16. Ultraviolet radiation therapy was a popular cure during the 1930’s, when acne was also known as “chastity pimples.”
17. Arsenic tablets were popular in 1890s-era America, as well as sour milk and watermelon juice face washes.
18. A poster on a Wicca forum recommends placing a mixture of dirt, vinegar, and water on the affected area, and using the following incantation:
And make it smooth in a flash.
Blemish vanish, pot-marks too,
Magic make my skin anew.
19. Moroccan folk medicine calls for a mixture of powdered azurite, henna, tar, walnut root, and oil spread over the affected areas. (Mixed with iron, copper sulfate, and cow’s brains, it can also be used as a cure for anthrax.)
20. Chinese folk medicine calls for a (somewhat more pleasant) remedy, namely peach blossoms, which are “supposed to have some supernatural power in driving away the demon of ill health, giving a good color to the complexion, and rejoicing the countenance.” (Quoted in John Schiffeler’s “Chinese Folk Medicine.”)
21. A 1979 study of sex myths among students at the University of Connecticut found that 7% of them believed pimples were caused by masturbation. (However, 9% believed that boys “who masturbate excessively harm themselves by losing protein and blood through the semen which is ejaculated,” and another 7% believed that each “individual can have just so many sexual experiences in his life time, and when those have been used up, sexual activity is finished for that person.”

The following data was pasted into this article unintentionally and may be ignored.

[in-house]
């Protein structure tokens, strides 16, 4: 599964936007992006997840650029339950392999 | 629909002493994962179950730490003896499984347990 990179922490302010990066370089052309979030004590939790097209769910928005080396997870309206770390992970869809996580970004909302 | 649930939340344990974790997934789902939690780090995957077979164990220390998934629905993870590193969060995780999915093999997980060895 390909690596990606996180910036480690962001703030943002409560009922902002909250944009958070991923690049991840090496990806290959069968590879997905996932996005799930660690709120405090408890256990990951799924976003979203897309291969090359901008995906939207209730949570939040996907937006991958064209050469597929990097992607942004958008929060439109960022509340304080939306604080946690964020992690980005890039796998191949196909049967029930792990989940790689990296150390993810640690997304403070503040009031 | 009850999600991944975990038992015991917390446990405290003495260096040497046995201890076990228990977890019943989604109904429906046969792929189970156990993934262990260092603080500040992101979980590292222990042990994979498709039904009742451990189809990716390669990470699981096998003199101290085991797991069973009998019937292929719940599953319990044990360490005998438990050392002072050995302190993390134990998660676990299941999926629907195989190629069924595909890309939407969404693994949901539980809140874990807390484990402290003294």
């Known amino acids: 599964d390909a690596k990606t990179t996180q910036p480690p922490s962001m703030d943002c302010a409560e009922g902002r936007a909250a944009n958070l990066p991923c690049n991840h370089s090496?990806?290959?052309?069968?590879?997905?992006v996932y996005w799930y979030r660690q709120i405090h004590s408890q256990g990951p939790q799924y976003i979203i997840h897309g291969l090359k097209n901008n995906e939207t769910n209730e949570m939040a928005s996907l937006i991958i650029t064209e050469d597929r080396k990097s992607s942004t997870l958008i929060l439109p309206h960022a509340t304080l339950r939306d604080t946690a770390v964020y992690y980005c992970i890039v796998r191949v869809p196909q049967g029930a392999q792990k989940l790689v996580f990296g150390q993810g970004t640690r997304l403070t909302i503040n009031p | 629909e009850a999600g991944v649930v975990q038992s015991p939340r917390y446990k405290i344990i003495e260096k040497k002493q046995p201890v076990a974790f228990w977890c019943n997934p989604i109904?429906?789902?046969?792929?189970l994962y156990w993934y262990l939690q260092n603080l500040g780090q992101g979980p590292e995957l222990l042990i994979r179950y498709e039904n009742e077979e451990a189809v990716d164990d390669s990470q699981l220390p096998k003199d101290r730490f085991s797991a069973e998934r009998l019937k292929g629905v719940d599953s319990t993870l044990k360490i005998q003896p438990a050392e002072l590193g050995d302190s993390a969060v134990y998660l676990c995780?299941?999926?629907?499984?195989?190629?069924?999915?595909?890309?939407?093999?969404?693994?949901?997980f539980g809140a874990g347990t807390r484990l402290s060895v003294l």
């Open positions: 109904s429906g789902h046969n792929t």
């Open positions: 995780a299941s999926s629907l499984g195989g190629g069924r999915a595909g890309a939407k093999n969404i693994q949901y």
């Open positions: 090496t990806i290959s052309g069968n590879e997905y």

22. An 1878 article in The British Medical Journal recommends a “tincture of iodine” and a “sulphur-vapor douche or vapour-bath,” and that if “the sebaceous glands and follicles become overloaded, they should be relieved by pressure between the finger and thumbnail, and by frequent washings with warm water and oatmeal; after which a good rubbing with a flesh-brush will remove the contents of a number of the pimples,” followed by “a cooling zinc or calamine lotion, to be painted upon the face with a camel-hair brush two or three times a day.” To remove “troublesome redness,” the author says that he “generally [applies] the acid nitrate of mercury with care by means of a spun-glass brush,” and “divide[s] each engorged vesicle with the point of the lancet; and, should the hæmorrhage be much, I apply a small ring of silver or steel…I then insert a minute grain of nitrate of silver, which at once stops the bleeding…leaving only a small black discoloured spot, which may be easily removed by the application of a solution of iodide of potassium.” The author notes, however, that the “above treatment may appear somewhat heroic for so common an eruption.”
Previously in series: What Did You Want To Accomplish When You Grew Up?, Twenty-Seven, “Dear Abby, When I Was A Young Man”, and The Cost Of Being A Kid In A Classic Adventure Novel
Sarah Marshall maintains a flawless complexion by rubbing her face with kippered herring every night before bed. Michael Magnes sleeps every night in a Foreverware container.